Music and smell are important and again I’ve borrowed from Time/Space.There’s an electric aromatherapy burner in the background and the dock where I put my iPhone for some relaxing music (much to the chagrin of my 1Direction fans). The aromatherapy has had mixed reviews by the students. Some love it, others roll their eyeballs but the idea of creating a calm environment appeals. The science is very much out on the efficacy of aromatherapy and I’ve been mindful to use scents that won’t upset the asthmatics. However even if the claims about the efficacy of essential oils is mixed it can take the edge of the odour of class full of adolescents post PE. The stools enable the students to use the sink as a work area if they wish.
Daily 5 board. I totally stole this idea from @heymilly. My classroom has this wonderfully velcro type material along one wall which when you add some some velcro to the backs of laminated bits of card make for an interactive display. The kids names are laminated on the right with different colours. The students park their name next to the choice with each colour representing a different session.The rest of my walls are pretty much bare for good reason.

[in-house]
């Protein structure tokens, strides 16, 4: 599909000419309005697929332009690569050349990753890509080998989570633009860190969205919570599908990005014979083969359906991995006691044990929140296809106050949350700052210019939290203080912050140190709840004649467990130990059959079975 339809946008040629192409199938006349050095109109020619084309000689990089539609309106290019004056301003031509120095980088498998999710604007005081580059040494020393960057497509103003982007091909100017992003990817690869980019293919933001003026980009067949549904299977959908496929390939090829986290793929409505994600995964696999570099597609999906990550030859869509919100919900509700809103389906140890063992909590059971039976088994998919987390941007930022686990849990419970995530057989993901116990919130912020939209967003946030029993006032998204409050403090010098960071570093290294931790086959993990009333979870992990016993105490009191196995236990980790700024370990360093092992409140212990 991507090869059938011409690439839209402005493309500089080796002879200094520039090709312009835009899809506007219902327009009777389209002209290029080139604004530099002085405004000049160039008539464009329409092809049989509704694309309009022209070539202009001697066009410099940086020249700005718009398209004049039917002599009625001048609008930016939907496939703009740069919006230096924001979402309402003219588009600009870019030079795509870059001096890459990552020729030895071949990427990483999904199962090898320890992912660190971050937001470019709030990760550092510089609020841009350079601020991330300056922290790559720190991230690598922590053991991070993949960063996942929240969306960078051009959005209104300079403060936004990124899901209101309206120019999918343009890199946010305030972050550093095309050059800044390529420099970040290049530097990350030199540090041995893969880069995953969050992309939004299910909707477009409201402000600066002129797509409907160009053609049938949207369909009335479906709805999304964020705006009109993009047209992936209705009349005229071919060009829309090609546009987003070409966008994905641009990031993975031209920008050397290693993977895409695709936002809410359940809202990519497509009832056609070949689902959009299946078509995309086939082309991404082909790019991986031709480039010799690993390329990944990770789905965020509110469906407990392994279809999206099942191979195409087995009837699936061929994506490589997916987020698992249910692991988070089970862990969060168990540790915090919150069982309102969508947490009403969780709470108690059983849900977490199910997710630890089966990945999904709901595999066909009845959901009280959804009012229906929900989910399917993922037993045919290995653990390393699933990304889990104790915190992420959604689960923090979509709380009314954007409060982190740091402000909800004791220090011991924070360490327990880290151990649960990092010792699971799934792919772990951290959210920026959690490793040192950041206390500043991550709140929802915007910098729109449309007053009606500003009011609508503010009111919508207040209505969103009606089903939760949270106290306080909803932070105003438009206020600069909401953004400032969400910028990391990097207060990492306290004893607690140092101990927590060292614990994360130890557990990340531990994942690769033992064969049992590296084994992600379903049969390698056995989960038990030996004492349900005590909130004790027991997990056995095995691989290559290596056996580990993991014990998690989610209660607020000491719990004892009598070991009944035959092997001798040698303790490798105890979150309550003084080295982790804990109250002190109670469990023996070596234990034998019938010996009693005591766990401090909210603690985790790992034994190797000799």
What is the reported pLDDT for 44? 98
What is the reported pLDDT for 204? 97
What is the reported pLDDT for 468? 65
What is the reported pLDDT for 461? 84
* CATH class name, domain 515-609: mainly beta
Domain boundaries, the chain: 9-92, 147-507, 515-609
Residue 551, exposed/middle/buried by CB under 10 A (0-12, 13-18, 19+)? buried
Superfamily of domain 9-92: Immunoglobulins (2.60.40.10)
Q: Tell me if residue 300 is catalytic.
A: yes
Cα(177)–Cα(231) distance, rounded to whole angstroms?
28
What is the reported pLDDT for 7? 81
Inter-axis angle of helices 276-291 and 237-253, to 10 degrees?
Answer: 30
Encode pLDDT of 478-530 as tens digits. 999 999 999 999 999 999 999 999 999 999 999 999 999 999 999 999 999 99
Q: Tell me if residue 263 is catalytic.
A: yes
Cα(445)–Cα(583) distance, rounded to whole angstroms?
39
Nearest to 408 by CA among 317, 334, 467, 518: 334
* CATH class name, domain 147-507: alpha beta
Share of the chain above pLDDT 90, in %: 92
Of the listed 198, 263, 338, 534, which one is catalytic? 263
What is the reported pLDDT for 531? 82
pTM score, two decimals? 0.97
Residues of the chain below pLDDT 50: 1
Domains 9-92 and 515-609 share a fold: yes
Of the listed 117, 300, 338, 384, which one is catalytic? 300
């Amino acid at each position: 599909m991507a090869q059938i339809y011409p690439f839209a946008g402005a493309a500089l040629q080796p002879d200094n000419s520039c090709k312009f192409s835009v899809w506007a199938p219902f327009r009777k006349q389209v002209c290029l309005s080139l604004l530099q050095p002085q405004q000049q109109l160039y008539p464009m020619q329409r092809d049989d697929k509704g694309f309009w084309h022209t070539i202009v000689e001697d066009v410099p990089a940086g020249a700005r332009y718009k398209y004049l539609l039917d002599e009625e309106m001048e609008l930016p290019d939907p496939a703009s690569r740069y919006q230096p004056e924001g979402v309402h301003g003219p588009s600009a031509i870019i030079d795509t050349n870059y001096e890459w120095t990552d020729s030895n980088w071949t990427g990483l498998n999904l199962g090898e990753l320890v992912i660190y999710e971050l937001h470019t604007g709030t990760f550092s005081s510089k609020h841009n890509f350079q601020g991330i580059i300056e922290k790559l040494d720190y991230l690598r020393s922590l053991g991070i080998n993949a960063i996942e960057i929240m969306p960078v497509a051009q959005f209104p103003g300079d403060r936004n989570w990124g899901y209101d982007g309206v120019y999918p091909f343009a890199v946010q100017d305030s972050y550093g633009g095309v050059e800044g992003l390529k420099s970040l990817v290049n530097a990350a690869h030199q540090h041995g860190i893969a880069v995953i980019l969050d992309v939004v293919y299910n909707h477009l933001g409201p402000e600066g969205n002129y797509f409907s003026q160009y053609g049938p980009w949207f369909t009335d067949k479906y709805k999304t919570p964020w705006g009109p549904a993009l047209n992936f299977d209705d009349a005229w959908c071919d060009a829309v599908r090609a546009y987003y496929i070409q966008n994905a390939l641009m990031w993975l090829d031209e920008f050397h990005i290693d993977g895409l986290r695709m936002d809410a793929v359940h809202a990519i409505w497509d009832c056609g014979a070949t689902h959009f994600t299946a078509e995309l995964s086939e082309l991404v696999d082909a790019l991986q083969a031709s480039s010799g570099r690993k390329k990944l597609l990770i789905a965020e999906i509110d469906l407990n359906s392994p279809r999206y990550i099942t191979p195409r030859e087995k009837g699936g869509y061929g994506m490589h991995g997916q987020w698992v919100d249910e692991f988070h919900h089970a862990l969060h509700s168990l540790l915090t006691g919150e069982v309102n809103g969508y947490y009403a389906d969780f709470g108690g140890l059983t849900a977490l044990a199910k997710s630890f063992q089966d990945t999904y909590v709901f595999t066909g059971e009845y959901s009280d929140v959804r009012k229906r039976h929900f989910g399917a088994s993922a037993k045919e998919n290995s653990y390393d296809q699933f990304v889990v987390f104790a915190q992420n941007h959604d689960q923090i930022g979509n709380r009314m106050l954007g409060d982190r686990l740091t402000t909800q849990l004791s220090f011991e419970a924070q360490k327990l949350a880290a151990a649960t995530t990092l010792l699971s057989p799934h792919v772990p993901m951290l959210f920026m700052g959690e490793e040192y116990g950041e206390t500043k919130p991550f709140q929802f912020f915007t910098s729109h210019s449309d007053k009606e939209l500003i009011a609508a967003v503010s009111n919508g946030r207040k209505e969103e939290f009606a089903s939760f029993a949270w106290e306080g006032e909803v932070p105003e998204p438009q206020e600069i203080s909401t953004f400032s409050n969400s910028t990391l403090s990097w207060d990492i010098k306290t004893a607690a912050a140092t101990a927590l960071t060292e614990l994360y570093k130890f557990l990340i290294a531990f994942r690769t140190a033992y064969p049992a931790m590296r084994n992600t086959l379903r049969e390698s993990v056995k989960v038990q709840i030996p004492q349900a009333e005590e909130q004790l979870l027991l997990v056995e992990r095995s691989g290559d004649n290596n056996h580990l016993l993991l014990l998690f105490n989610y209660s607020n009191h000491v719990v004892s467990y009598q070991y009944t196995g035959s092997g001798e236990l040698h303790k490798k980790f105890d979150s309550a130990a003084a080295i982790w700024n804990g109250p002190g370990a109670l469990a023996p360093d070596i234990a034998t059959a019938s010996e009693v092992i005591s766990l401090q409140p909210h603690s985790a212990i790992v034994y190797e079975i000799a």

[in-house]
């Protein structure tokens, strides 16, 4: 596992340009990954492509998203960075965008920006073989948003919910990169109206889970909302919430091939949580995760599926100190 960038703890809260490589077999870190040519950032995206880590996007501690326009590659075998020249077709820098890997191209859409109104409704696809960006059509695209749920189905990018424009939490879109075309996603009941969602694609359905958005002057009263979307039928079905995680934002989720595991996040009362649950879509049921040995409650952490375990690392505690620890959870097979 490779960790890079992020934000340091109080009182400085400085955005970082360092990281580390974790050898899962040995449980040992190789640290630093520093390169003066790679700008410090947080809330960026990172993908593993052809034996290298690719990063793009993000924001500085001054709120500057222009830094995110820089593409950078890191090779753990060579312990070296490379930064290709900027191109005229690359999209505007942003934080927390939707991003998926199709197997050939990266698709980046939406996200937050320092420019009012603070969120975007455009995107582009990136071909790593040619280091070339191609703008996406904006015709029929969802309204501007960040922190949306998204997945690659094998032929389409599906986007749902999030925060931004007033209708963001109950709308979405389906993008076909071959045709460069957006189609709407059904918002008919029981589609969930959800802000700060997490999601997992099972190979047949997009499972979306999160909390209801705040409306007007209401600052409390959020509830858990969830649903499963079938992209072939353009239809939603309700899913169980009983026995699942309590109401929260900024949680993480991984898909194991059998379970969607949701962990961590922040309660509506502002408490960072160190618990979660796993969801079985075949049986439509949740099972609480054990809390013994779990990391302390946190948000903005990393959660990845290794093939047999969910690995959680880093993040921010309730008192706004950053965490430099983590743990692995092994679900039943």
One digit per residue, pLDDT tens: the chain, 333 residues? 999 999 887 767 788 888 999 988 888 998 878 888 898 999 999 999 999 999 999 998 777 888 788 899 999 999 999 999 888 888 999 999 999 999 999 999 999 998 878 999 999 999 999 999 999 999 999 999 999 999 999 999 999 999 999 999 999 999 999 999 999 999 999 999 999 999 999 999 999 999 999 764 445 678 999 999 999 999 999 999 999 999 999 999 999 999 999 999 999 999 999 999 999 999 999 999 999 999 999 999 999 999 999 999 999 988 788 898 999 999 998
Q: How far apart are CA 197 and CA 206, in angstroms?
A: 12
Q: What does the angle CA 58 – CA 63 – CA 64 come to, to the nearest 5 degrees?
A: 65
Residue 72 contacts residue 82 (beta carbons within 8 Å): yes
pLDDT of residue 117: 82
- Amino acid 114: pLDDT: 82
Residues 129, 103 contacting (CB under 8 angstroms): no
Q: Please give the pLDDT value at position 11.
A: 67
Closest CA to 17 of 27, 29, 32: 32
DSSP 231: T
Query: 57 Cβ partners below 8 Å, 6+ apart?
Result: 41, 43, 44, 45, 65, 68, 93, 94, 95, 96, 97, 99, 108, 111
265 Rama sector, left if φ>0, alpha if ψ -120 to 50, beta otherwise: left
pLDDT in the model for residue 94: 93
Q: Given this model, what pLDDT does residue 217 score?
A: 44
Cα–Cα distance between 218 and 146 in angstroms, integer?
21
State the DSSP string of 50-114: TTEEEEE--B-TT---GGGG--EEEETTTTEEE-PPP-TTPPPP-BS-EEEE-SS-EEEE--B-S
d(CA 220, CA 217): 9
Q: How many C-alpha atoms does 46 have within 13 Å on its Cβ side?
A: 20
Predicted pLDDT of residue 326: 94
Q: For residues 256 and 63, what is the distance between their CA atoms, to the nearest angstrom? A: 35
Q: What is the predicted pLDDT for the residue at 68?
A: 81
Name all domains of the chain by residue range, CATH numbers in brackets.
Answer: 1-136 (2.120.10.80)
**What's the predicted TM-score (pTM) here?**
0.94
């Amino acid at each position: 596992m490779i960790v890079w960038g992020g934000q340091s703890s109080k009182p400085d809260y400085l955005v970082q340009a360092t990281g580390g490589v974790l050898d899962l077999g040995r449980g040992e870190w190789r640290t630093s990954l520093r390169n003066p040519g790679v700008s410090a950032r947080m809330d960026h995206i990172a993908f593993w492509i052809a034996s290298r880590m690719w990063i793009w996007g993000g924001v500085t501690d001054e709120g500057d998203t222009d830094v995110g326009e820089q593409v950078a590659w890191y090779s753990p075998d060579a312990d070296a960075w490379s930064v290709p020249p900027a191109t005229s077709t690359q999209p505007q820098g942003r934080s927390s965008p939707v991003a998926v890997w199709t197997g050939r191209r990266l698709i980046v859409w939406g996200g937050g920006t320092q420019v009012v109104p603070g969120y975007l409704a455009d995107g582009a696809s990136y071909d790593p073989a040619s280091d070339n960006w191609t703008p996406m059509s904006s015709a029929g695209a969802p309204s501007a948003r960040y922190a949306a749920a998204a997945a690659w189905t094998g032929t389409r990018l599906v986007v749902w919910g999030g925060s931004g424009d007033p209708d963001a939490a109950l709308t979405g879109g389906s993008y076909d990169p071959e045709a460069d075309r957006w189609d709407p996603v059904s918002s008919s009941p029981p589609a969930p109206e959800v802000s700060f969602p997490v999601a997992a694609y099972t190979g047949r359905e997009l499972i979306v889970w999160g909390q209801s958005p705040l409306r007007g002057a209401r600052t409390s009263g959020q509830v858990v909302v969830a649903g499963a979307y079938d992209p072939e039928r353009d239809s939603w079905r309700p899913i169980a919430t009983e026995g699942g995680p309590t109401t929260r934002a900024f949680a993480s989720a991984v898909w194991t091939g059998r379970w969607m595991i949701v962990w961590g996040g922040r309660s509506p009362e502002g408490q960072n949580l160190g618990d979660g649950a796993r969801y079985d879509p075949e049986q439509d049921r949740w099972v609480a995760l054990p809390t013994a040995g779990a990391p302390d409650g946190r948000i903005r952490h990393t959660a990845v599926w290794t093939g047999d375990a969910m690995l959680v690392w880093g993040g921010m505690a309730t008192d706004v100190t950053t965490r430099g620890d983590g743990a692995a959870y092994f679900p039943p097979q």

The students aren’t here yet.
Each new term brings a chance for new beginnings and new adventures.
By creating more physical space I hope to create a learning environment that has purpose. Nothing gets added to our environment unless it adds to the room.
My mantra during this busy term will be to go slow.
To spend more time getting the why right.
@matt_odowda recently put out the idea on twitter – What are 11 experiences kids should have in school before they reach the age of 11 that will never forget.
While my students have turned 11, I still have 11 magic experiences that I hope the kids won’t forget during their time with me at intermediate.
1. Make your own bread and eat it
Fermentation has been around for thousands of years but kids still get a kick out of it. Any science that you can eat is always going to be a winner but the warm bread on a cold winter day = winning combination.
4. Make an igloo out of milk bottles
Bonus points if the igloo collapses during class time.
5. Abseil down a 25 meter cliff
6. Give a speech that matters
Instead of going on a tour rock up to parliament to give a speech infront of a dozen MPs, media and members of the public.
What 11 moments would you like your kids to take away from school?